"I do not know whether it is still the fashion to elaborate poems at length, to keep them between being and non-being, suspended for years in the presence of desire; to nourish doubts, scruples and regrets --- so that a work perpetually resumed and recast gradually takes on the secret importance of an exercise in self-reform.

This way of producing little was not uncommon among poets and some prose writers forty years ago. For them, time did not count; in that, they were rather like gods. Neither the Idol of Beauty nor the superstition of Literary Eternity had yet been destroyed; and belief in Posterity was not entirely abolished. There existed a kind of Ethic of Form that led to infinite labour. Those who devoted themselves to it well knew that the greater the labour, the fewer the people who understand and appreciate it; they toiled for very little --- and, as it were, holily .....

Thus one moves away from the 'natural' or ingenuous conditions of literature and comes little by little to confuse the composition of a work of the mind, which is a finished thing, with the very life of the mind --- which is the power of transformation always in action. One ends by working for work's sake. In the eyes of these lovers of anxiety and perfection, a work is never complete --- a word which to them is meaningless --- but abandoned; and this abandonment, which delivers the work to the flames or to the public (whether it be the result of weariness or the necessity of delivering), is for them a kind of accident comparable to the interruption of a thought annulled by fatigue, an importunate person, or some sensation."

Paul Valéry. The Collected Works, Vol 7, The Art of Poetry, translated by Denise Folliot, Bollingen Foundation 1958, p.140.

"The poet .......... is expected to present a plain unannotated text of his poems, and no supporting documents or testimonials whatsoever."

Robert Graves; Dame Ocupacyon, The Crowning Privilege; Cassell 1955; p.115.

The friends that have it I do wrong
Whenever I remake a song
Should know what issue is at stake,
It is myself that I remake.
Collected Works, William Butler Yeats, 1908

These are working notes mostly compiled in the course of composition, tidied up here for wider consumption. A precedent for self-annotated verse was set by the most influential English-language poem of the first half of the 20th century, T.S.Eliot's The Waste Land, 1922. Graves passes a few tart comments on Eliot, and others, in These Be Your Gods, O Israel!, another essay in The Crowning Privilege, 1955. Massive precedent for self-annotated translation is set by Vladimir Nabokov's Eugen Onegin, 1964. Nabokov, it would also seem, had no great affection for T.S.Eliot. It is not always possible to satisfy the expectations of others.

The annotation merges comment on both target language (MV) and source language (AS) texts. The notes are grouped by MV stanza. The numbered lines of the AS are sectioned to match the stanzas. The lines divide as follows: stanza 1 MV = lines 1-6a AS; 2 = 6b-8a; 3 = 8b-12a; 4 = 12b-16; 5 = 17; 6 = 18-25a; 7 = 25b-26; 8 = 27-30; 9 = 31-33a; 10/11 = 33b-38; 12 = 39-43; 13 = 44-47; 14 = 48-52; 15 = 53-55a; 16 = 55b-57; 17 = 58-62a; [centre] 18 = 62b-64a; 19 = 64b-67; 20 = 68-71; 21 = 72-80a; 22 = 80b-85; 23 = 86-93; 24 = 94-99; 25 = 100-105; 26 = 106-107; 27 = 108; 28 = 109-116; 29 = 117-122a; 30 = 122b-124/5. Click on numbers for transportation.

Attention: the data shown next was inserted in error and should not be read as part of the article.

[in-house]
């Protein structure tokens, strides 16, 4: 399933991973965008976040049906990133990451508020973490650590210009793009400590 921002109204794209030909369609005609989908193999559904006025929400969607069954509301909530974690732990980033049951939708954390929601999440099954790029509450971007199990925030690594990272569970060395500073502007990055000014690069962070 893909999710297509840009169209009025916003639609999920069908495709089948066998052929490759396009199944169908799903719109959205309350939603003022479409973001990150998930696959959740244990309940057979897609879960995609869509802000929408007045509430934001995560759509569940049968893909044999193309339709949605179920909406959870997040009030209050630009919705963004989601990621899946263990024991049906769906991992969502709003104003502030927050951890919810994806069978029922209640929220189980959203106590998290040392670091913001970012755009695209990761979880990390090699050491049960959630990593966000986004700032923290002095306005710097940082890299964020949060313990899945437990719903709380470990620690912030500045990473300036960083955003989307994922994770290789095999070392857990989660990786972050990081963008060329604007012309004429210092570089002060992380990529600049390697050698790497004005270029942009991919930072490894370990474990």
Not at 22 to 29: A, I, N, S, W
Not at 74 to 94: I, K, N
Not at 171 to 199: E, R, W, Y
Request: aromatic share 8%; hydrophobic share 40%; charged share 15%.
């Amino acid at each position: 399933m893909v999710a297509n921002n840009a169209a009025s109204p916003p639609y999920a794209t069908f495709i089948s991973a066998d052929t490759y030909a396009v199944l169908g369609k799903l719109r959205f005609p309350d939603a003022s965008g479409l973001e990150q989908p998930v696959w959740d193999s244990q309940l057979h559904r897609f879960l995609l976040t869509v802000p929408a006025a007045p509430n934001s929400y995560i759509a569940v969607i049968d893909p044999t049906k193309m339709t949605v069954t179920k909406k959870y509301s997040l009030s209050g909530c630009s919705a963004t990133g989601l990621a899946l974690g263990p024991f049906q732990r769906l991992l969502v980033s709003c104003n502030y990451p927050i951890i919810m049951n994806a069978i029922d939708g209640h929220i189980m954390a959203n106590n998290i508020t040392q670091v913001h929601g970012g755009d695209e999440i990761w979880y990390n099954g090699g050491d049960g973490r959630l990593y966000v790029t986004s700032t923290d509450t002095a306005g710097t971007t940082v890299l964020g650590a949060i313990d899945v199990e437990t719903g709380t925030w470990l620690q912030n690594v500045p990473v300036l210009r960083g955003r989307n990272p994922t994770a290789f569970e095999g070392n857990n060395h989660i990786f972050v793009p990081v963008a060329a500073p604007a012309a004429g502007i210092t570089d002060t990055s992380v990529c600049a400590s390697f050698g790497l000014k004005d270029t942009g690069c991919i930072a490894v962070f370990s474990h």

The notes for each stanza are sub-divided into sections: (g): General overview of stanza. (e): Excerpts and echoes from many sources, freely associated with the AS. Many of these guided the choice of wording in the MV; others are mentioned for some congruence of thought and image. Several of them, if pre 975 AD, may conceivably have been in the Seafarer author's own mind. For notes on genuinely likely influences, see Corey Owen's site [here]. Note: March 2010: Corey Owen's work is now available [here]. A website project, Fontes AS, at, will eventually offer a complete catalogue of all that a literate C10th Anglo-Saxon might have read. Whether or not he knew them at first hand, it now seems to me that the poet had the works of Boethius permanently in mind. (s): Specific points that attracted attention during translation; not a substitute for annotations in the several scholarly editions. (a): Ambiguities, puns, homonyms, multiple meanings, reinforcements, sliding syntax, mainly in the MV. Much in the AS will have been missed. AS and MV cannot often match, but MV wordplay may compensate for wordplay elsewhere in the AS. No section; no notes.

In the interests of brevity there is minor source editing of some the excerpts quoted. Correction of fact is welcomed. Differences of opinion, since opinion is the breath of thought, are also welcomed. Please mail here. These notes are under permanent construction.

Annotation Pages

Modern Version stanzas 1-7;   Anglo-Saxon lines 1-26

MV stanzas 8-14;   AS lines 27-52:         MV stanzas 15-20;   AS lines 53-71

MV stanzas 20-24;   AS lines 72-99:        MV stanzas 25-30;   AS lines 100-125

  A un poeta sajón


  Hoy no eres otra cosa que unas palabras

  Que los germanistas anotan.

  Hoy no eres otra cosa que mi voz

  Cuando revive tus palabras de hierro.




Sunset at Maerrapanna; Norway

photo: © Trine Sirnes 1999

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